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More questions on Ovarian Cancer More questions on Ovarian Cancer

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Unread 04-29-2004, 02:57 PM
More questions on Ovarian Cancer

Hi everyone--I have some more questions on Ovarian Cancer. My Aunt went for Chemo again today. She already finished a clinical trial last October. Today was her fourth treatment of doxil. The doctor told her that her CA125 count is continuing to rise despite the treatments. She has been having trouble with going to the bathroom, having alot of pain. The doctor told her that the pain was the cancer.She asked if they could take it out and he said that they couldn't. What is going on? Does anyone know why they would continue to do the Chemo if it isn't working. Why can't they go in and take the cancer out if it is in her bowel? Am I missing something????? Has this happened to anyone else? Is this considered Mets to the bowel. What are her chances now? Thanks for your ears!!!!!
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Unread 04-29-2004, 03:56 PM
More questions on Ovarian Cancer

Hi, Samantha.

I wish I had some good answers for you, but I don't. I don't recall from your earlier posts. Did your aunt already have surgery? Where in the bowel is her tumor?

A few people on this board had a tumor that can not be removed. I think this does happen sometimes.

I seem to recall hearing that with Doxil, CA125 numbers sometimes rise at the beginning of treatment and then go back down. But your aunt's doctor will know more about that.

In some cases, despite best effrots, people are chemo-resistant. There was a wonderful lawyer that I met one day in my chemo room who had chemo resistant ovarian cancer. I sent her an e-mail but never heard back. A month later, I asked my nurse about her, and she had apparently passed on. But she had a very difficult type of ovarian cancer to treat -- one that does not readily respond to treatment. And she had been fighting for a long time.

There are a number of things your aunt can do to minimize her pain.

First off, painkillers are usually constipating. So if your aunt is on chemo, which is also constipating, then taking pain killers might exacerbate the situation.

Second, I found that walking really helped bring up my energy level and bring down my pain. The more I walked, the better I felt. I didn't want to walk anywhere because I was in so much pain from the chemo. But my dad, a doctor, literally forced me. My first walk? Down the driveway and back. That is as far as I could go. It makes my eyes filled with tears just to think about it. But every day I could go a bit further, and every day it helped me to feel better, and helped my pain to go away. It's hard, but . . . tell her to try.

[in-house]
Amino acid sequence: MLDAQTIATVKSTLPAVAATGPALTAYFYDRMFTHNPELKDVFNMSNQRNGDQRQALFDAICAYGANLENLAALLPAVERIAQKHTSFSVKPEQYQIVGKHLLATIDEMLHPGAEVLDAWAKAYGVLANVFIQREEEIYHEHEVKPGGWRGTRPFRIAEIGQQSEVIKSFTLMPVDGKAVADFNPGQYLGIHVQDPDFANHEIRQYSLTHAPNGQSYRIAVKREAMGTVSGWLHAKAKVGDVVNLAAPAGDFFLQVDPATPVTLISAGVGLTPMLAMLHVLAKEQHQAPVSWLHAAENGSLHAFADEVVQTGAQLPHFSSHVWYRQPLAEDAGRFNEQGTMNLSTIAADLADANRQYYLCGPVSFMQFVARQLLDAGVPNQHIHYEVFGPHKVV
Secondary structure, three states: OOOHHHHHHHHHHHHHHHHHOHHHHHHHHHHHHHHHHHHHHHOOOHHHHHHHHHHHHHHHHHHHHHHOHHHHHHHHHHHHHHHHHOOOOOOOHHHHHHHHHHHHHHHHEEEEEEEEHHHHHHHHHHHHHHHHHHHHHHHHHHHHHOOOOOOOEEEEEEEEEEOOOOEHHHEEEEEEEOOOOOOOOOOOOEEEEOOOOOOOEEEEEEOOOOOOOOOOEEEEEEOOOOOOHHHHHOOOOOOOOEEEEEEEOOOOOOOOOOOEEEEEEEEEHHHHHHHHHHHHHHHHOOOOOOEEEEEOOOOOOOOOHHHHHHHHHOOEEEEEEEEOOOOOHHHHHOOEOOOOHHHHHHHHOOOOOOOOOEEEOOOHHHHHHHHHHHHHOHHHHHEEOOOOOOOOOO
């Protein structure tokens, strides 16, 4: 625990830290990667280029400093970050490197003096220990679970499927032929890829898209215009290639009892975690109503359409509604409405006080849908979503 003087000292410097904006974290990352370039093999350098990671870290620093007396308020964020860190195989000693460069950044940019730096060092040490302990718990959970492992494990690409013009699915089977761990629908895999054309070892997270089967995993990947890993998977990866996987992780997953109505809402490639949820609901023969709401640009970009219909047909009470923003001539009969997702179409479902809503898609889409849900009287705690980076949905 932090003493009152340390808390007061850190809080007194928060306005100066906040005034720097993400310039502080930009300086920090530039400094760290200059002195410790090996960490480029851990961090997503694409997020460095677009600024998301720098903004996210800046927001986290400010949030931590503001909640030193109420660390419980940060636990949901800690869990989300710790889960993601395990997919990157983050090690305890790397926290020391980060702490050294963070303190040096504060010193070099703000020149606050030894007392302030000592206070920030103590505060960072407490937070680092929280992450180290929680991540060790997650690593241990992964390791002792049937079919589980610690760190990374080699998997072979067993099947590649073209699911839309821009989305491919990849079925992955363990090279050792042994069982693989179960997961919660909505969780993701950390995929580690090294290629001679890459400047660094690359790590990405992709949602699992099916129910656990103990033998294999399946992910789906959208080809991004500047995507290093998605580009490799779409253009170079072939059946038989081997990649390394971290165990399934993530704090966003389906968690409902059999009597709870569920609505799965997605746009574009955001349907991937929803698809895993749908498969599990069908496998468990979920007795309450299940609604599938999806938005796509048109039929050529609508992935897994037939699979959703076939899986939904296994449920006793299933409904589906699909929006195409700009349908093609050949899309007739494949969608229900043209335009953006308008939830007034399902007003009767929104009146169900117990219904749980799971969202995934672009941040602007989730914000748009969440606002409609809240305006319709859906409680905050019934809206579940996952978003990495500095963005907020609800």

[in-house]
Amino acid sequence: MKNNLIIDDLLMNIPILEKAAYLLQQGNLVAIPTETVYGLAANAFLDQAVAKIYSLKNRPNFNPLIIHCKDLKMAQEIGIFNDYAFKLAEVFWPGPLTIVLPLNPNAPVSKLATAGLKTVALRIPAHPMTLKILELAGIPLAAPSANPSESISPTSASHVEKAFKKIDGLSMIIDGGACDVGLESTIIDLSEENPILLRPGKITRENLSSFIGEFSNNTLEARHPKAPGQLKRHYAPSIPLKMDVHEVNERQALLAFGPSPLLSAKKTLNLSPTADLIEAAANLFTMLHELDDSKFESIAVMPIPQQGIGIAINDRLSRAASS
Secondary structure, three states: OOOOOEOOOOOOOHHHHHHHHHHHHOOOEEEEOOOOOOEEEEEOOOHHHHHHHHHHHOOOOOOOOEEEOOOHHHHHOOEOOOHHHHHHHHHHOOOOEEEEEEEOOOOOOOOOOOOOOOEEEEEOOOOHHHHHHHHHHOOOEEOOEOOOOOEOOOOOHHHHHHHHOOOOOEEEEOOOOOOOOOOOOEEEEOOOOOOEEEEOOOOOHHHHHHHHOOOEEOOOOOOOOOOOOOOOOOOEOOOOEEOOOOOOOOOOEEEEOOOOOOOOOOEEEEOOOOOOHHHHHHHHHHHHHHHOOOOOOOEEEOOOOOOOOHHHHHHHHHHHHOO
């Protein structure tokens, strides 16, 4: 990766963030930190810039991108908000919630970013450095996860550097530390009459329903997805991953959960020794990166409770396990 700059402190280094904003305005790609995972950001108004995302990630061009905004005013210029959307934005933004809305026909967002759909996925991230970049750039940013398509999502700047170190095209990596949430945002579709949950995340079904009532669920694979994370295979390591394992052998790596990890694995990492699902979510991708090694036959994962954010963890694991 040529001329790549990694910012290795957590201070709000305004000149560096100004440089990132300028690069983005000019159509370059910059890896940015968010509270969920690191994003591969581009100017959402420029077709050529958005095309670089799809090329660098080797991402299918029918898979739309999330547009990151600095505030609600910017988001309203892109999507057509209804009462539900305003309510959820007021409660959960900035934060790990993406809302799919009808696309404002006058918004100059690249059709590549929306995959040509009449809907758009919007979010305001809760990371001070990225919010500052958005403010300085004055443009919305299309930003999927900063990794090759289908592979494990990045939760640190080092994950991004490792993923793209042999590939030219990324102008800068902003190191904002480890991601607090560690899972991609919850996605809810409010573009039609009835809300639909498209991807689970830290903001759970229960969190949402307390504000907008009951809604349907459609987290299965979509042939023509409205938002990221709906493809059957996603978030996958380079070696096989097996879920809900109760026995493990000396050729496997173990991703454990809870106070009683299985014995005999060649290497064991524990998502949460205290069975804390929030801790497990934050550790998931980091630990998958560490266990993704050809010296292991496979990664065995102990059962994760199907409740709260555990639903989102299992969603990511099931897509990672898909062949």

Third, there are some supplements that have helped lessen pain for certain individuals. I can't say they necessarily will work for everybody. But the one that has been studied is maitake mushroom with D-fraction, manufactured by Grifron. It has helped some Stage 4 people get out of wheelchairs. MGN3, which I do not take, is also proving to be helpful for some people.

You might want to consult with a nutritionist who specializes in dealing with people with cancer to see what ideas they might have. Accupuncture, which I have not personally tried, has also proven very helpful to a great many people in the young adults cancer support group that I attend.

The thing with chemo is that if cancer is stubborn or recurs, the doctor must try another chemo. And sometimes, it takes a few treatments to know whether something is or isn't working.

I'm sorry that this is so frustrating for you and your aunt. You sound like a wonderful niece! I hope you can help your aunt get moving and try some complementary alternative things to help with pain management. If at all possible, she should up her green vegetable intake and lower her sugar intake. Those two things are universally recommended by every nutritionist who works with people who have cancer.

Unread 04-29-2004, 04:04 PM
More questions on Ovarian Cancer

She had her surgery last April. They said that she still had some cancer on her abdominal wall. Anyway, they never did any test to prove that she does have a tumor in her bowel. The doctor just told her she is having the pain because of the cancer. She had a CT done in Jan or Feb and it came back negative. Thanks for you insight. God Bless.
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Unread 04-30-2004, 07:49 AM
More questions on Ovarian Cancer

Dear Samantha,

I agree with SirenSong. Exercise for me was the best medicine. I started walking when I got home from the hospital. First jaunt was out my apartment door to the outside door, it wasn't far but took me forever and hurt like crazy but after that I went further each day till I was walking up a hill that I couldn't manage before my surgery. Also the pain meds and chemo may be constipating her. I know when I have my chemo I start eating lots of fiber 2 days before and that has helped me quite alot. I get alot of abdominal pain from my chemo and finally found a great web site that explains what causes the pain and how to help relieve it. Here is the link to it[/url]

Here is another web site I found that may help you. It is about pain and cancer

Also I think your aunt needs to pin that doctor down and ask him to be more specific in what is going on. It is her body and she has a right to know.

Your Auntie is very lucky to have a wonderful niece like you who cares so much. I hope she feels better soon and gets some answers. The women on this board are wonderful and also very knowledgable. Come back and let us know how your aunt is doing.


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